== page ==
Feb. 22 (Bloomberg) -- Suntech Power Holdings Corp., the Chinese solar-panel maker that defaulted on $541 million of bonds, filed for bankruptcy court protection from U.S. creditors as it liquidates in the Cayman Islands.
The company filed its Chapter 15 petition late yesterday in U.S. Bankruptcy Court in Manhattan as part of a restructuring agreement with petitioners seeking an involuntary filing last year. In November, Suntech told the court that the proposed action by U.S. creditors could derail restructuring efforts.
“The Chapter 15 petition is a very important step to conclude a successful restructuring of the company as it would allow a centralized process to assert and resolve claims,” said David Walker, a joint provisional liquidator, in a statement today. “Chapter 15 recognition will stay actions brought by creditors in the U.S., and help ensure that all creditors are treated equally.”
Wuxi, China-based Suntech, the world’s biggest solar-panel maker in 2011, is incorporated in the Cayman Islands and has no operations or significant assets in New York, according to the company. It had $541 million of senior notes outstanding and a $50 million convertible loan, according to court papers.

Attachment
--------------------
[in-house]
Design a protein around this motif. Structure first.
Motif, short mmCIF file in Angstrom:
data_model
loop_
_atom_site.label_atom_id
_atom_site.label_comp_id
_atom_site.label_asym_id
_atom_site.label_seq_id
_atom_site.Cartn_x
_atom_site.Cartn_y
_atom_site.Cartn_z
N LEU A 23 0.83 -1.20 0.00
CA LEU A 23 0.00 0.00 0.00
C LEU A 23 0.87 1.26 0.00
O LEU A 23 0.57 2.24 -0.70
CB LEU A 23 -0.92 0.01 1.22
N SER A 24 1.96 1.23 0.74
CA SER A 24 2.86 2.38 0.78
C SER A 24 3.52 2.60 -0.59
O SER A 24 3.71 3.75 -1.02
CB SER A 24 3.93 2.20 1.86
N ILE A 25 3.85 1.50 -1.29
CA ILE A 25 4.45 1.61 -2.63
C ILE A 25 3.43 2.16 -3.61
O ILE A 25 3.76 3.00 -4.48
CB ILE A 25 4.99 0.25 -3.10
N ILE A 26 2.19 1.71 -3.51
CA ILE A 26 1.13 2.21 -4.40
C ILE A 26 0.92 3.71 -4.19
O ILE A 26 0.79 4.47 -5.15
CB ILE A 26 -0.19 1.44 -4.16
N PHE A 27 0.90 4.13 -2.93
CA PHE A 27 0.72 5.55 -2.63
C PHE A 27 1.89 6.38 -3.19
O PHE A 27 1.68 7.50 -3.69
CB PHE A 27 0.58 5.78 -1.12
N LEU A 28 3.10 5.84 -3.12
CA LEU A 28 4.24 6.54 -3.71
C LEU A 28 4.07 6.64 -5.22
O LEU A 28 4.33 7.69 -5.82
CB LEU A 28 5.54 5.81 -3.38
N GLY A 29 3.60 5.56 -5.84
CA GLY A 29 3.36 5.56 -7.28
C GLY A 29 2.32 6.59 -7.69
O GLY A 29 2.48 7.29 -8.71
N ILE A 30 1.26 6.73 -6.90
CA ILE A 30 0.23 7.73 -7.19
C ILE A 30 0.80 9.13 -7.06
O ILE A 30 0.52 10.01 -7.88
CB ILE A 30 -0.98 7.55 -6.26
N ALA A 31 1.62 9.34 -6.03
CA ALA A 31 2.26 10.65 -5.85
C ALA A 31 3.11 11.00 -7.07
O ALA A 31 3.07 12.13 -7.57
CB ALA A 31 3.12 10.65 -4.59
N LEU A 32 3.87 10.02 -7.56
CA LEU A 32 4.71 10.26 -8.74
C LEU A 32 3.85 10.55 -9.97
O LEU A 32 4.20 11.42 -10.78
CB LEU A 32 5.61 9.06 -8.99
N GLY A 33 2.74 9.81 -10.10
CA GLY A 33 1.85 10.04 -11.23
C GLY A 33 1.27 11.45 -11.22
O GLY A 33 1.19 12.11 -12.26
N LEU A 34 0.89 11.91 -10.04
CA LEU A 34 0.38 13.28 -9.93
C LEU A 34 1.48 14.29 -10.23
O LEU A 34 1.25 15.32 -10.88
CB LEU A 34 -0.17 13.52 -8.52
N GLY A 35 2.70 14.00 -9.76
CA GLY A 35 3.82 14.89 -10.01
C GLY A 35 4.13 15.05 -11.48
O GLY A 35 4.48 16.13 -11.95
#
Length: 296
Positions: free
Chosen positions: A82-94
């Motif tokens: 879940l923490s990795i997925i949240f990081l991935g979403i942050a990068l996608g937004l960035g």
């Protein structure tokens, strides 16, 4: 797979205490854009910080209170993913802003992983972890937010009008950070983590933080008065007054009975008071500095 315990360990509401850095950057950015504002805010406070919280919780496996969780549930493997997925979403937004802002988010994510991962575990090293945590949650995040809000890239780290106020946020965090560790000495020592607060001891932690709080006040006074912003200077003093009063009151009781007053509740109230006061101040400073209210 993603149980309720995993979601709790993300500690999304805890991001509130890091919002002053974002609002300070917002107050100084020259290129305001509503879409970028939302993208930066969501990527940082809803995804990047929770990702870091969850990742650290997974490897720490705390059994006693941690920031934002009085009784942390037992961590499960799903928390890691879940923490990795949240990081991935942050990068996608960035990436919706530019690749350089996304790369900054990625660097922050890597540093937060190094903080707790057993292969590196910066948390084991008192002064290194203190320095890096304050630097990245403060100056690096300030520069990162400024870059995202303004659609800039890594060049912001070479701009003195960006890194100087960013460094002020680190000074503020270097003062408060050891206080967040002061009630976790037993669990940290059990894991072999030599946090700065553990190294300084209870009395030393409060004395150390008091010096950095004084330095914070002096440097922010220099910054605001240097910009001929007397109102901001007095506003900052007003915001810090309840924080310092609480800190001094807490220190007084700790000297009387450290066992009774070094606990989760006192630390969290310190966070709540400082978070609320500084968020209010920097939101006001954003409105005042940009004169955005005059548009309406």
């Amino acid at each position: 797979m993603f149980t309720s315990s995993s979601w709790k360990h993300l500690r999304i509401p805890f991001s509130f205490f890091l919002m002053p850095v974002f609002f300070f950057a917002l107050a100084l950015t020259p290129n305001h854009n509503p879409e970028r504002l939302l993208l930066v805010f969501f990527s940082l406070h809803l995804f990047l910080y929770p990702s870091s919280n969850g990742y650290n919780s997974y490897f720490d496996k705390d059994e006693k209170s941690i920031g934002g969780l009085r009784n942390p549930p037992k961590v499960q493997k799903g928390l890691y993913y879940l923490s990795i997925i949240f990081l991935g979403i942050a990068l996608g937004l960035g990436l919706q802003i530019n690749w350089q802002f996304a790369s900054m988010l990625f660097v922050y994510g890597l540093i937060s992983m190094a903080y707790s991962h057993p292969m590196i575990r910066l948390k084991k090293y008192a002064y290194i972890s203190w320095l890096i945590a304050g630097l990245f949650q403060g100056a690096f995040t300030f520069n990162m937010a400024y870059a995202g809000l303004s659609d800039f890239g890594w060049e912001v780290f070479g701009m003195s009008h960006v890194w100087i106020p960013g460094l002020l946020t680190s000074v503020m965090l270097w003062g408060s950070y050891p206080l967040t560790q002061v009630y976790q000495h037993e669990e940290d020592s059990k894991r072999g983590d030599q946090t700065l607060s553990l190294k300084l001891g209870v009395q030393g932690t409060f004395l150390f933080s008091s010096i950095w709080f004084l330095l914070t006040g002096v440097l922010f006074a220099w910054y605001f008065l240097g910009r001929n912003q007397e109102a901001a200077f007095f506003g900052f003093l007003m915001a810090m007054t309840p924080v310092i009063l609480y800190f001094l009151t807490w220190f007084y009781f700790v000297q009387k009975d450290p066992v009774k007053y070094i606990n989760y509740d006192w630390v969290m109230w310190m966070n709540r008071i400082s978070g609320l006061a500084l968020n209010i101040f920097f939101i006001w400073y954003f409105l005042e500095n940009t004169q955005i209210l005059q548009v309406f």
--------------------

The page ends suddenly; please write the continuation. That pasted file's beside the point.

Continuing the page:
The company’s main unit was pulled into bankruptcy proceedings by Chinese banks after it missed a bond payment in March. Shunfeng Photovoltaic International Ltd., agreed to buy the unit for 3 billion yuan ($492 million).
Trondheim Capital Partners LP, Michael Meixler and Longball Holdings LLC filed the involuntary petition under Chapter 7 of the U.S. Bankruptcy Code in New York on Oct. 14. They said they held $578,230.68 in claims against the company.
The creditors seeking the U.S. bankruptcy are a “tiny minority,” holding only 0.27 percent of the company’s debt outstanding, Suntech said in papers filed Nov. 6 seeking to have the case dismissed.
The action could “derail the substantial progress Suntech has made in reaching a consensual restructuring with a wide array of its stakeholders, including a substantial percentage of its funded debt creditors,” the company said at the time.
The case is In re Suntech Power Holdings Co.; 14-10383, U.S. Bankruptcy Court for the Southern District of New York (Manhattan.)
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